What Competition Do You Think You Could Win?

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What Competition Do You Think You Could Win?

What is something you’re really good at? Consider academics and athletics, of course, but also any offbeat hobbies and talents at which you excel, no matter how slight they seem.

Is there a competition you could enter to show off your skills? If not, should there be? (Before you answer, you might want to check what’s out there, since official competitions exist for everything from playing air guitar to creating artful manicures, spitting cherry pits and chasing cheese down a hill.)

In “Playing Against Type,” Kenneth Sturtz writes about another offbeat competition, one that was popular in the early 20th century and is now being revived:

In the hands of Hunter Shaffer, the sentence you are reading right now would take seven or eight seconds to type. This entire article would be done in just over seven minutes, and a recent Sunday Styles print section of The New York Times would take about 86 minutes.

During a recent online competition, Mr. Shaffer and eight other competitive typists watched as numbers on the screen counted down and gave way to the word “Go.” A leaderboard showed the competitors’ progress, accuracy and words typed per minute.

It was over in about 60 seconds, but Mr. Shaffer’s performance gnawed at him. Normally he would have jockeyed for first place, but nerve problems in his left hand had forced him to type one handed for a while.

Over several hours, Mr. Shaffer repeatedly finished just behind a teenager in the Philippines and a friend from Virginia, despite typing as fast 189 words per minute.

Competitive typing, which peaked in popularity in the first half of the 20th century before fizzling out, has found a new home online. A devoted community has developed around the hobby, which has become increasingly popular with teenagers and 20-somethings.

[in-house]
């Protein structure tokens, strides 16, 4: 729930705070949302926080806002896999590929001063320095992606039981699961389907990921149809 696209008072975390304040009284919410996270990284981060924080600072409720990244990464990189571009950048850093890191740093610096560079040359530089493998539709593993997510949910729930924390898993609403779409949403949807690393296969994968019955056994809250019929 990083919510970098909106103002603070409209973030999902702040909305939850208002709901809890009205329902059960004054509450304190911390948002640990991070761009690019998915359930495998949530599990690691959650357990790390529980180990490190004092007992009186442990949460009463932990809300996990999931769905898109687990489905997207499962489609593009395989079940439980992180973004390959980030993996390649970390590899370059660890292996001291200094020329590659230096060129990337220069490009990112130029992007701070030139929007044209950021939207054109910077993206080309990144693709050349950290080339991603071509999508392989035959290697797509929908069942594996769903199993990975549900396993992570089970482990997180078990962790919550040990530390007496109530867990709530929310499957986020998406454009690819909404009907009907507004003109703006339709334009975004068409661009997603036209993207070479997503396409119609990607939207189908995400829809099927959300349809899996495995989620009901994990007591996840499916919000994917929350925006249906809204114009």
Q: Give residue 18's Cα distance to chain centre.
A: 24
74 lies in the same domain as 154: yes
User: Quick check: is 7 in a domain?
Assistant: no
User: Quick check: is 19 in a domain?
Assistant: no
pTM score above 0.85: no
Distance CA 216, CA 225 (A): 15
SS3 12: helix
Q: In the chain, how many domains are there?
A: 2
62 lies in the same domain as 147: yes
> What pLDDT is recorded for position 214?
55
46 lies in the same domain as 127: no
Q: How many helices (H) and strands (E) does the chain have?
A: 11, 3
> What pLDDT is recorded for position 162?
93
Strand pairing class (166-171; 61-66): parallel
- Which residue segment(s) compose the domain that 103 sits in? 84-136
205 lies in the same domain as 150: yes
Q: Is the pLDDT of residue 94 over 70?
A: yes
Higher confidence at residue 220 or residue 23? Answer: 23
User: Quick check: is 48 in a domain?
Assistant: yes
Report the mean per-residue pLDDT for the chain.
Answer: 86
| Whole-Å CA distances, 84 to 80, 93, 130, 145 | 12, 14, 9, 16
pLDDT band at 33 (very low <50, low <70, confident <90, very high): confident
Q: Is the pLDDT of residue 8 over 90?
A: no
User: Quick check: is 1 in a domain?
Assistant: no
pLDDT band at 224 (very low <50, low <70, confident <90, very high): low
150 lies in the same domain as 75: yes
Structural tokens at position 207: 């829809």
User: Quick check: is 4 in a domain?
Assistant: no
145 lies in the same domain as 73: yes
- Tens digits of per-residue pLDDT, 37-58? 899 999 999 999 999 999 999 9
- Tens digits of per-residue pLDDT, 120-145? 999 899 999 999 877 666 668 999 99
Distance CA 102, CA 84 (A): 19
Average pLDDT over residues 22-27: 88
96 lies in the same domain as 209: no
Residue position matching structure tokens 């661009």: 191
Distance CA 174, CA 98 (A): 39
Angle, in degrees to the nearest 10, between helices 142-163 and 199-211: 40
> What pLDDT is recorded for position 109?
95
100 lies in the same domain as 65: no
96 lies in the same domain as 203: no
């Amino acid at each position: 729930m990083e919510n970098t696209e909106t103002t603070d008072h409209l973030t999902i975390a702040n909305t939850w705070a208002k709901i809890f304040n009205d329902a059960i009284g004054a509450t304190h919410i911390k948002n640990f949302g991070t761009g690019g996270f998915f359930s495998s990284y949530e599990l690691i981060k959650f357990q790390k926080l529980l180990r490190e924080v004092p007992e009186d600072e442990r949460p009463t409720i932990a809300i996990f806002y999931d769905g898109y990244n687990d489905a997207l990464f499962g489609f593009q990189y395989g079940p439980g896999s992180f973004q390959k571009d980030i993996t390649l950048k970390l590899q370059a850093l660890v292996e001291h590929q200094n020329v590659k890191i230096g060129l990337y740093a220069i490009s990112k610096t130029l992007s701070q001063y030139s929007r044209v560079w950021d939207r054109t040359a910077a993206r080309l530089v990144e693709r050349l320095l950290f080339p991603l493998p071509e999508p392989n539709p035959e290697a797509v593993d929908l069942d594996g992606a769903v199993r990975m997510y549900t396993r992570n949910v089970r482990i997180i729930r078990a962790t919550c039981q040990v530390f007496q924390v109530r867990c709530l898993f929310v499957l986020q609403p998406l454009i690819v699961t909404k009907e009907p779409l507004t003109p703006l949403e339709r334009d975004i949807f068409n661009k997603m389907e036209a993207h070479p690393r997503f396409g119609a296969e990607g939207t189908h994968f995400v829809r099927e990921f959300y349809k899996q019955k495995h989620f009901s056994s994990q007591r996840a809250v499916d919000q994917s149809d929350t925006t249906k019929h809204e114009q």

The article mentions the community that has taken shape around this hobby:

Competitive typing may have become more popular in recent years in part because of the online messaging platform Discord, which offers a simple, convenient way for users to communicate with other typists. But it remains a niche hobby with a tight-knit community.

Kathy Chiang, 29, who lives in Los Angeles, picked up on the uniqueness of the typing community almost immediately, partly because of her career in gaming.

“It’s really interesting to stumble upon a community like that, that I hadn’t been aware of at all,” she said.

An avid video gamer since childhood, Ms. Chiang was studying computer game science at the University of California at Irvine when a co-worker noticed how fast she typed and encouraged her to test herself on a typing website. Ms. Chiang became hooked.

In addition to being one of the fastest typists, she discovered she was one of the few women in the community, but said she was generally welcomed.

Although she eventually withdrew from competitive typing because of wrist injuries, Ms. Chiang said she found the typing community to be a friendlier and less serious environment than the gaming community. Part of that could be because of competitive typing’s relatively small reach.

“So, it’s kind of like a sport or an esport or a video game in the really early stages, where everyone feels like they’re part of this grass-roots movement,” she said. “It seems like this special thing that some people want to keep secret and special and tight-knit.”

Students, read the entire article, then tell us:

  • How would you do in a competitive typing competition? Why?

  • What special skills and talents do you have? Are there competitions you could join to test your abilities? If not, should there be? What would this competition look like?

  • Have you ever discovered, like some of the typists you read about, that you have a hidden talent or special ability that others do not? If so, what is it and how did you find out that you have it? Did someone else point it out?

  • Have you ever made friends or found a sense of community through a talent or interest, the way these typists have? How does your experience compare with theirs?


Want more writing prompts? You can find all of our questions in our Student Opinion column. Teachers, check out this guide to learn how you can incorporate them into your classroom.

Students 13 and older in the United States and Britain, and 16 and older elsewhere, are invited to comment. All comments are moderated by the Learning Network staff, but please keep in mind that once your comment is accepted, it will be made public.